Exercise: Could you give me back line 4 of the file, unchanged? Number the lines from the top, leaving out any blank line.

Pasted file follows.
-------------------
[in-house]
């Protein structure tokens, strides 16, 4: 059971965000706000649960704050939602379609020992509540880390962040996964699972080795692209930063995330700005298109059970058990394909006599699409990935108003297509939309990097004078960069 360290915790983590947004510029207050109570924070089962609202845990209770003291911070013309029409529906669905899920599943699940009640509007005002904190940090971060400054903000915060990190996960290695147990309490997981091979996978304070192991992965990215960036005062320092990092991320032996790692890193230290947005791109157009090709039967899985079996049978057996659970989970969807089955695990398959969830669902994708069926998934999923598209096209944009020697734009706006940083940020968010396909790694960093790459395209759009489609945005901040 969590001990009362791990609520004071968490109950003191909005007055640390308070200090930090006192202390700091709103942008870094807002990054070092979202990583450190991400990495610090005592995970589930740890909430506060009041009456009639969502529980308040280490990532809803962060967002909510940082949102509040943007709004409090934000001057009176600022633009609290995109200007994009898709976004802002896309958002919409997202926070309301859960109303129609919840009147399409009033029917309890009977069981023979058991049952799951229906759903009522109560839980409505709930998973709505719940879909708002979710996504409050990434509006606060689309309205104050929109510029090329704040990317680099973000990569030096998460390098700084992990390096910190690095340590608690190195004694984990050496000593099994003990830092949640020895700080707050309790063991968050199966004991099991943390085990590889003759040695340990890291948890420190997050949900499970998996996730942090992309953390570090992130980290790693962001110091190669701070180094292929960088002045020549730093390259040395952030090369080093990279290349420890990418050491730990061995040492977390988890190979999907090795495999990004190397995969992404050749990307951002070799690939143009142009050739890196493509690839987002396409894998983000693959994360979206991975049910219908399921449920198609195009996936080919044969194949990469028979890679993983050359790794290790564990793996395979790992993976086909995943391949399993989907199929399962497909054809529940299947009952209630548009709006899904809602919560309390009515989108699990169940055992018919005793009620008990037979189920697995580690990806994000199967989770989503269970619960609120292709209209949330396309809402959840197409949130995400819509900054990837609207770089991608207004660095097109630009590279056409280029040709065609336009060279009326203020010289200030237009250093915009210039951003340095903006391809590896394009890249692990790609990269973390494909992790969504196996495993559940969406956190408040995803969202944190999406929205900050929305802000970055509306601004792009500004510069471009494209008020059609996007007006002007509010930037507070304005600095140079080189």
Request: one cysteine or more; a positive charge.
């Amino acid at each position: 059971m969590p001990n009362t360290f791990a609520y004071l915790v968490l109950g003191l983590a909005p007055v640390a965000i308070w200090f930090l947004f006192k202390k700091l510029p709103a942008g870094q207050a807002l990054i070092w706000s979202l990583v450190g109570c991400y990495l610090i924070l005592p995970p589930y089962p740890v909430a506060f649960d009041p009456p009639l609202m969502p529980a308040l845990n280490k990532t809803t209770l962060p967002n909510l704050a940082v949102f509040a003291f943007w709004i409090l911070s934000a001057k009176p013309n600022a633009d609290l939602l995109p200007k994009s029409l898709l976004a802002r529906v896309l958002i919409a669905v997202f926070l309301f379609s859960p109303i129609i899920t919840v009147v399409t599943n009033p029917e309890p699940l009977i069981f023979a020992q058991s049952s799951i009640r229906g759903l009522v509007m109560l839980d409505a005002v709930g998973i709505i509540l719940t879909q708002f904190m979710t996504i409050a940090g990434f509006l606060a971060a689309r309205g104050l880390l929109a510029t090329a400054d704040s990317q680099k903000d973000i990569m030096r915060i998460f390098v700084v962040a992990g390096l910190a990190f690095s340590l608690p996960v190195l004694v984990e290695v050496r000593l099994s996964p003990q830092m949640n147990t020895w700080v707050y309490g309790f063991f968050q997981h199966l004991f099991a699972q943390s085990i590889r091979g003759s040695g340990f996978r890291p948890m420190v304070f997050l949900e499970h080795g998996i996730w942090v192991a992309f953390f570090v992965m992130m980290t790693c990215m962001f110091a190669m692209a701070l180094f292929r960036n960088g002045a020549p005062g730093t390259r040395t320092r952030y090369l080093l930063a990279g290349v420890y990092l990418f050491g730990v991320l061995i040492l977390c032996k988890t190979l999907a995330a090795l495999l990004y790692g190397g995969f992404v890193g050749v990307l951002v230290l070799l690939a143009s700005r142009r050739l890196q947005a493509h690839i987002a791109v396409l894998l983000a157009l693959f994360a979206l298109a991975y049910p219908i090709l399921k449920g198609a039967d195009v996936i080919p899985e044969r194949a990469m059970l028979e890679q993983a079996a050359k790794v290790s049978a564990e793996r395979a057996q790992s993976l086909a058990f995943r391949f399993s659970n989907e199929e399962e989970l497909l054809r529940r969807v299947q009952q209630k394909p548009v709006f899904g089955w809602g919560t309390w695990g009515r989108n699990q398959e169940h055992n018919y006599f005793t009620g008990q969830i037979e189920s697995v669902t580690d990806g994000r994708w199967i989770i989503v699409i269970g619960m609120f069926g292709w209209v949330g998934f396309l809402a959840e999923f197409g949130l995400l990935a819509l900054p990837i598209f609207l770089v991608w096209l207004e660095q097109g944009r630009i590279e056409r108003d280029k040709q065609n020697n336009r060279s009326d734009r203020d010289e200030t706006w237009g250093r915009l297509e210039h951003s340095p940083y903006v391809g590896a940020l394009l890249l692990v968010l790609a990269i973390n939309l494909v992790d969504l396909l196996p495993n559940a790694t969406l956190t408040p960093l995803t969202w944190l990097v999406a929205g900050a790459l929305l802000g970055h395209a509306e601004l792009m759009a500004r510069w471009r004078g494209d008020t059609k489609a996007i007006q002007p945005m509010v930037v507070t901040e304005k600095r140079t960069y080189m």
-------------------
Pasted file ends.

């Amino acid at each position: 059971m969590p001990n009362t360290f791990a609520y004071l915790v968490l109950g003191l983590a909005p007055v640390a965000i308070w200090f930090l947004f006192k202390k700091l510029p709103a942008g870094q207050a807002l990054i070092w706000s979202l990583v450190g109570c991400y990495l610090i924070l005592p995970p589930y089962p740890v909430a506060f649960d009041p009456p009639l609202m969502p529980a308040l845990n280490k990532t809803t209770l962060p967002n909510l704050a940082v949102f509040a003291f943007w709004i409090l911070s934000a001057k009176p013309n600022a633009d609290l939602l995109p200007k994009s029409l898709l976004a802002r529906v896309l958002i919409a669905v997202f926070l309301f379609s859960p109303i129609i899920t919840v009147v399409t599943n009033p029917e309890p699940l009977i069981f023979a020992q058991s049952s799951i009640r229906g759903l009522v509007m109560l839980d409505a005002v709930g998973i709505i509540l719940t879909q708002f904190m979710t996504i409050a940090g990434f509006l606060a971060a689309r309205g104050l880390l929109a510029t090329a400054d704040s990317q680099k903000d973000i990569m030096r915060i998460f390098v700084v962040a992990g390096l910190a990190f690095s340590l608690p996960v190195l004694v984990e290695v050496r000593l099994s996964p003990q830092m949640n147990t020895w700080v707050y309490g309790f063991f968050q997981h199966l004991f099991a699972q943390s085990i590889r091979g003759s040695g340990f996978r890291p948890m420190v304070f997050l949900e499970h080795g998996i996730w942090v192991a992309f953390f570090v992965m992130m980290t790693c990215m962001f110091a190669m692209a701070l180094f292929r960036n960088g002045a020549p005062g730093t390259r040395t320092r952030y090369l080093l930063a990279g290349v420890y990092l990418f050491g730990v991320l061995i040492l977390c032996k988890t190979l999907a995330a090795l495999l990004y790692g190397g995969f992404v890193g050749v990307l951002v230290l070799l690939a143009s700005r142009r050739l890196q947005a493509h690839i987002a791109v396409l894998l983000a157009l693959f994360a979206l298109a991975y049910p219908i090709l399921k449920g198609a039967d195009v996936i080919p899985e044969r194949a990469m059970l028979e890679q993983a079996a050359k790794v290790s049978a564990e793996r395979a057996q790992s993976l086909a058990f995943r391949f399993s659970n989907e199929e399962e989970l497909l054809r529940r969807v299947q009952q209630k394909p548009v709006f899904g089955w809602g919560t309390w695990g009515r989108n699990q398959e169940h055992n018919y006599f005793t009620g008990q969830i037979e189920s697995v669902t580690d990806g994000r994708w199967i989770i989503v699409i269970g619960m609120f069926g292709w209209v949330g998934f396309l809402a959840e999923f197409g949130l995400l990935a819509l900054p990837i598209f609207l770089v991608w096209l207004e660095q097109g944009r630009i590279e056409r108003d280029k040709q065609n020697n336009r060279s009326d734009r203020d010289e200030t706006w237009g250093r915009l297509e210039h951003s340095p940083y903006v391809g590896a940020l394009l890249l692990v968010l790609a990269i973390n939309l494909v992790d969504l396909l196996p495993n559940a790694t969406l956190t408040p960093l995803t969202w944190l990097v999406a929205g900050a790459l929305l802000g970055h395209a509306e601004l792009m759009a500004r510069w471009r004078g494209d008020t059609k489609a996007i007006q002007p945005m509010v930037v507070t901040e304005k600095r140079t960069y080189m």